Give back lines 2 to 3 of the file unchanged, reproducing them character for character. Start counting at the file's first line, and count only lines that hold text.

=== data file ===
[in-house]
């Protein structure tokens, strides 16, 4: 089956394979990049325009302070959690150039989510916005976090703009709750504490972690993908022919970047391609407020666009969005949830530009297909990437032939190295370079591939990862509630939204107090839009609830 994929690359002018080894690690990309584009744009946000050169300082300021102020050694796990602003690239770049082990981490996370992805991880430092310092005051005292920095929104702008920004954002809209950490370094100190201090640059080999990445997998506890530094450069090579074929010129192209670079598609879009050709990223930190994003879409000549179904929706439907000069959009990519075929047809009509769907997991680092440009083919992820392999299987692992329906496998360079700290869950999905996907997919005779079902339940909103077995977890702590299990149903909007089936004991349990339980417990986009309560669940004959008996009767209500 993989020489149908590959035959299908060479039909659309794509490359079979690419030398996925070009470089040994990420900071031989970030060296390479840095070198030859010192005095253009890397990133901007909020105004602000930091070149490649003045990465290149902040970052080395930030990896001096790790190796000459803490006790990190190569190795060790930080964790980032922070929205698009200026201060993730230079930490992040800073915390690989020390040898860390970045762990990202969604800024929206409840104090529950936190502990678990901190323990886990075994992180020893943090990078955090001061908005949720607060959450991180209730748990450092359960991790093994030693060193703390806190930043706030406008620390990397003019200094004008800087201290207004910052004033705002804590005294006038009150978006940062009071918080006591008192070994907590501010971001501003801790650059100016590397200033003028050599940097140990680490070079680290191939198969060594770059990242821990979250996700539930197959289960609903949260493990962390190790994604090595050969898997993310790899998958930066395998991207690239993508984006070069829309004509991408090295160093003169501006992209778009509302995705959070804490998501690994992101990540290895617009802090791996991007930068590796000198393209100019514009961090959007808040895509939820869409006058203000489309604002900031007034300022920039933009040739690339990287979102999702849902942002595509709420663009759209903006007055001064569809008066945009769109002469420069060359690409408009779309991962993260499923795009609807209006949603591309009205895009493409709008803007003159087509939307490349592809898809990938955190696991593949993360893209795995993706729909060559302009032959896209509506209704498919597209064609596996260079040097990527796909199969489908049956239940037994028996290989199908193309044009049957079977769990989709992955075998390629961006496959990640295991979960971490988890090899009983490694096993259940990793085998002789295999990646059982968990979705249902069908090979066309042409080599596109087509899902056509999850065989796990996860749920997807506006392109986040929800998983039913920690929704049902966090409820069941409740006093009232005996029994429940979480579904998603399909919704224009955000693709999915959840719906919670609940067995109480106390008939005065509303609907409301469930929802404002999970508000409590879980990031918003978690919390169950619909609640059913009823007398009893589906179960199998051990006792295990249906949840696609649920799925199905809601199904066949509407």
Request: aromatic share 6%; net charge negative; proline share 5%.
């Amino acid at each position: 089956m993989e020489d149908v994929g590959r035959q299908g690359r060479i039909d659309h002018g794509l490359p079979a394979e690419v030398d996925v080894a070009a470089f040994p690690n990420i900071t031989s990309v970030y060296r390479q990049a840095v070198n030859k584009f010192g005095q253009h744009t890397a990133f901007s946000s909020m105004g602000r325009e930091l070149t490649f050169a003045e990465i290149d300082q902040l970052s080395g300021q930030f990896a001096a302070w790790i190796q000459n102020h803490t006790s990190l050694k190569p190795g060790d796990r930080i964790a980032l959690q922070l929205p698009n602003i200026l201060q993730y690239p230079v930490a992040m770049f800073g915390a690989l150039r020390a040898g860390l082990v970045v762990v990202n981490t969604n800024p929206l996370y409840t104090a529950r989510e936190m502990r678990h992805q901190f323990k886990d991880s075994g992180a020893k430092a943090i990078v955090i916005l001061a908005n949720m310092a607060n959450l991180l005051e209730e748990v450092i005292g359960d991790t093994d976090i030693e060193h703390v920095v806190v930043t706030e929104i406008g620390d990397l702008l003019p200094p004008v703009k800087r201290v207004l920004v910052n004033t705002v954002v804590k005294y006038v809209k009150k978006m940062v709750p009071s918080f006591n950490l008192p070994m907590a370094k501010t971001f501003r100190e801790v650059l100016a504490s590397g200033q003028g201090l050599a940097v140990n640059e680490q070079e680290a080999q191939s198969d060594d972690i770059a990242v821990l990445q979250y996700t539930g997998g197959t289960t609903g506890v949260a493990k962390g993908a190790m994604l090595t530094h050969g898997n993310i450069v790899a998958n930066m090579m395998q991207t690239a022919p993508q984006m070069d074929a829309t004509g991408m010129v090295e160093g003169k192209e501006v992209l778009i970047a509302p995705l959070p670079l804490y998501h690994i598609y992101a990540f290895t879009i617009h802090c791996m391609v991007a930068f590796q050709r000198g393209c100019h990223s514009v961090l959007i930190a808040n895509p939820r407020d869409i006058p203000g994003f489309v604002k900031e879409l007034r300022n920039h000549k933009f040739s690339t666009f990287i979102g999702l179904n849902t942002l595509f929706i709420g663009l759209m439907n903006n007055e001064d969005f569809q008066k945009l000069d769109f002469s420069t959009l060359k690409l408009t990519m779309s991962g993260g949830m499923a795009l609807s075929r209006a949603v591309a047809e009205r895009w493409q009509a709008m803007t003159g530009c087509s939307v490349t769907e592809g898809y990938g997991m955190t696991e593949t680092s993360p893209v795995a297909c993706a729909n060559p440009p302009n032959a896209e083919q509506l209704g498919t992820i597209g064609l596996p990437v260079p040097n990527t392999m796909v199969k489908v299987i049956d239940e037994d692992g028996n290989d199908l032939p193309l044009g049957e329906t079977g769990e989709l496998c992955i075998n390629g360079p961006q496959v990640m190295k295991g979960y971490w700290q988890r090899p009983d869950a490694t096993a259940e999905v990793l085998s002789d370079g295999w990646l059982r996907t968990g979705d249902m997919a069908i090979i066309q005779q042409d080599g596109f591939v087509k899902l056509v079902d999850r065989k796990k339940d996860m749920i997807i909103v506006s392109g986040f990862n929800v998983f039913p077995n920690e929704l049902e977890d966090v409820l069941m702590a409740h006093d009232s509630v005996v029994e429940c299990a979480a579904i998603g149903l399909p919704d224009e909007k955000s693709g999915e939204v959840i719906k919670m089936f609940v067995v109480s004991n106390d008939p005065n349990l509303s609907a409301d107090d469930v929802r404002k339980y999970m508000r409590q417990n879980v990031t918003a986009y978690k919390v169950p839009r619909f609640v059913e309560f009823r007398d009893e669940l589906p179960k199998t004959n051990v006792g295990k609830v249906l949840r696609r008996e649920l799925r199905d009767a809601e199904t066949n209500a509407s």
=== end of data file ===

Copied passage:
């Protein structure tokens, strides 16, 4: 089956394979990049325009302070959690150039989510916005976090703009709750504490972690993908022919970047391609407020666009969005949830530009297909990437032939190295370079591939990862509630939204107090839009609830 994929690359002018080894690690990309584009744009946000050169300082300021102020050694796990602003690239770049082990981490996370992805991880430092310092005051005292920095929104702008920004954002809209950490370094100190201090640059080999990445997998506890530094450069090579074929010129192209670079598609879009050709990223930190994003879409000549179904929706439907000069959009990519075929047809009509769907997991680092440009083919992820392999299987692992329906496998360079700290869950999905996907997919005779079902339940909103077995977890702590299990149903909007089936004991349990339980417990986009309560669940004959008996009767209500 993989020489149908590959035959299908060479039909659309794509490359079979690419030398996925070009470089040994990420900071031989970030060296390479840095070198030859010192005095253009890397990133901007909020105004602000930091070149490649003045990465290149902040970052080395930030990896001096790790190796000459803490006790990190190569190795060790930080964790980032922070929205698009200026201060993730230079930490992040800073915390690989020390040898860390970045762990990202969604800024929206409840104090529950936190502990678990901190323990886990075994992180020893943090990078955090001061908005949720607060959450991180209730748990450092359960991790093994030693060193703390806190930043706030406008620390990397003019200094004008800087201290207004910052004033705002804590005294006038009150978006940062009071918080006591008192070994907590501010971001501003801790650059100016590397200033003028050599940097140990680490070079680290191939198969060594770059990242821990979250996700539930197959289960609903949260493990962390190790994604090595050969898997993310790899998958930066395998991207690239993508984006070069829309004509991408090295160093003169501006992209778009509302995705959070804490998501690994992101990540290895617009802090791996991007930068590796000198393209100019514009961090959007808040895509939820869409006058203000489309604002900031007034300022920039933009040739690339990287979102999702849902942002595509709420663009759209903006007055001064569809008066945009769109002469420069060359690409408009779309991962993260499923795009609807209006949603591309009205895009493409709008803007003159087509939307490349592809898809990938955190696991593949993360893209795995993706729909060559302009032959896209509506209704498919597209064609596996260079040097990527796909199969489908049956239940037994028996290989199908193309044009049957079977769990989709992955075998390629961006496959990640295991979960971490988890090899009983490694096993259940990793085998002789295999990646059982968990979705249902069908090979066309042409080599596109087509899902056509999850065989796990996860749920997807506006392109986040929800998983039913920690929704049902966090409820069941409740006093009232005996029994429940979480579904998603399909919704224009955000693709999915959840719906919670609940067995109480106390008939005065509303609907409301469930929802404002999970508000409590879980990031918003978690919390169950619909609640059913009823007398009893589906179960199998051990006792295990249906949840696609649920799925199905809601199904066949509407």
Request: aromatic share 6%; net charge negative; proline share 5%.